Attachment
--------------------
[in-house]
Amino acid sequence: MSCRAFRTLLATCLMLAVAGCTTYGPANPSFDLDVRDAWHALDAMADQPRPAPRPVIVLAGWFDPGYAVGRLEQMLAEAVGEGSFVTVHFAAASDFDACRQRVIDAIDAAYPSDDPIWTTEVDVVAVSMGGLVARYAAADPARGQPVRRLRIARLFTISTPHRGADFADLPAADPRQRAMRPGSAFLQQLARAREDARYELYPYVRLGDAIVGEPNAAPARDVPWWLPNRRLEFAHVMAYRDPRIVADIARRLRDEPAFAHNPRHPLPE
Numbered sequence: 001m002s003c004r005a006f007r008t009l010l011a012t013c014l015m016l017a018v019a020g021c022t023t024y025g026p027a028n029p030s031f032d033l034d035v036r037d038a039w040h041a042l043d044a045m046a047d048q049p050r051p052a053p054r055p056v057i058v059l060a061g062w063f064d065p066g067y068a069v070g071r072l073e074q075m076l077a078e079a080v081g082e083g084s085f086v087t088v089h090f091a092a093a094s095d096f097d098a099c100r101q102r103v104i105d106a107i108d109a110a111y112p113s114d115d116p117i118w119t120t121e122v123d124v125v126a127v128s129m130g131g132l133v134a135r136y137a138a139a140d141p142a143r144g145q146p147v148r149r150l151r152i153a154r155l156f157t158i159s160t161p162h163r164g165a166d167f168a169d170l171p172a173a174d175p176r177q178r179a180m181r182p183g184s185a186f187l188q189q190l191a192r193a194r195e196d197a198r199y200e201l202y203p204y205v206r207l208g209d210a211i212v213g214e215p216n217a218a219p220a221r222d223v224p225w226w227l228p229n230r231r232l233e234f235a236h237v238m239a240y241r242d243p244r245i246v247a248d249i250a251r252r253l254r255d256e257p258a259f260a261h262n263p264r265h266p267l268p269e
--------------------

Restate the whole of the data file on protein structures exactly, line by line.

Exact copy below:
[in-house]
Amino acid sequence: MSCRAFRTLLATCLMLAVAGCTTYGPANPSFDLDVRDAWHALDAMADQPRPAPRPVIVLAGWFDPGYAVGRLEQMLAEAVGEGSFVTVHFAAASDFDACRQRVIDAIDAAYPSDDPIWTTEVDVVAVSMGGLVARYAAADPARGQPVRRLRIARLFTISTPHRGADFADLPAADPRQRAMRPGSAFLQQLARAREDARYELYPYVRLGDAIVGEPNAAPARDVPWWLPNRRLEFAHVMAYRDPRIVADIARRLRDEPAFAHNPRHPLPE
Numbered sequence: 001m002s003c004r005a006f007r008t009l010l011a012t013c014l015m016l017a018v019a020g021c022t023t024y025g026p027a028n029p030s031f032d033l034d035v036r037d038a039w040h041a042l043d044a045m046a047d048q049p050r051p052a053p054r055p056v057i058v059l060a061g062w063f064d065p066g067y068a069v070g071r072l073e074q075m076l077a078e079a080v081g082e083g084s085f086v087t088v089h090f091a092a093a094s095d096f097d098a099c100r101q102r103v104i105d106a107i108d109a110a111y112p113s114d115d116p117i118w119t120t121e122v123d124v125v126a127v128s129m130g131g132l133v134a135r136y137a138a139a140d141p142a143r144g145q146p147v148r149r150l151r152i153a154r155l156f157t158i159s160t161p162h163r164g165a166d167f168a169d170l171p172a173a174d175p176r177q178r179a180m181r182p183g184s185a186f187l188q189q190l191a192r193a194r195e196d197a198r199y200e201l202y203p204y205v206r207l208g209d210a211i212v213g214e215p216n217a218a219p220a221r222d223v224p225w226w227l228p229n230r231r232l233e234f235a236h237v238m239a240y241r242d243p244r245i246v247a248d249i250a251r252r253l254r255d256e257p258a259f260a261h262n263p264r265h266p267l268p269e